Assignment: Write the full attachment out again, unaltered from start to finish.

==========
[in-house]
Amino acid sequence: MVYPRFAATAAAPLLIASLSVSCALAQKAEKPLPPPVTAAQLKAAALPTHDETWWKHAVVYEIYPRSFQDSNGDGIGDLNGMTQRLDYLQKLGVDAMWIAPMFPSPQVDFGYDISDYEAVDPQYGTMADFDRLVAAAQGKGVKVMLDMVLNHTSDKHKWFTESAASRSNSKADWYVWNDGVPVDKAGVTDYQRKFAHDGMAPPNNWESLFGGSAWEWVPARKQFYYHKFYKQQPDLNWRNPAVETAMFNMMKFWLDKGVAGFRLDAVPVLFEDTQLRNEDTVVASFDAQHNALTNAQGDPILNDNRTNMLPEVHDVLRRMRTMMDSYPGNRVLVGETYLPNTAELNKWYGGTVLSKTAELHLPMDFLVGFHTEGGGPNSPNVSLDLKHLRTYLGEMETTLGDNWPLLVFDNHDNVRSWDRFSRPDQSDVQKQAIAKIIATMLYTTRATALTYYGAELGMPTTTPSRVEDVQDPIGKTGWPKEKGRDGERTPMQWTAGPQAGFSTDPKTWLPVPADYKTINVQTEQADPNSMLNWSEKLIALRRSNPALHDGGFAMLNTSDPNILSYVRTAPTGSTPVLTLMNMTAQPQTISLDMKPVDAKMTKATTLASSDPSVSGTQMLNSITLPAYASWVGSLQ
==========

[in-house]
Amino acid sequence: MVYPRFAATAAAPLLIASLSVSCALAQKAEKPLPPPVTAAQLKAAALPTHDETWWKHAVVYEIYPRSFQDSNGDGIGDLNGMTQRLDYLQKLGVDAMWIAPMFPSPQVDFGYDISDYEAVDPQYGTMADFDRLVAAAQGKGVKVMLDMVLNHTSDKHKWFTESAASRSNSKADWYVWNDGVPVDKAGVTDYQRKFAHDGMAPPNNWESLFGGSAWEWVPARKQFYYHKFYKQQPDLNWRNPAVETAMFNMMKFWLDKGVAGFRLDAVPVLFEDTQLRNEDTVVASFDAQHNALTNAQGDPILNDNRTNMLPEVHDVLRRMRTMMDSYPGNRVLVGETYLPNTAELNKWYGGTVLSKTAELHLPMDFLVGFHTEGGGPNSPNVSLDLKHLRTYLGEMETTLGDNWPLLVFDNHDNVRSWDRFSRPDQSDVQKQAIAKIIATMLYTTRATALTYYGAELGMPTTTPSRVEDVQDPIGKTGWPKEKGRDGERTPMQWTAGPQAGFSTDPKTWLPVPADYKTINVQTEQADPNSMLNWSEKLIALRRSNPALHDGGFAMLNTSDPNILSYVRTAPTGSTPVLTLMNMTAQPQTISLDMKPVDAKMTKATTLASSDPSVSGTQMLNSITLPAYASWVGSLQ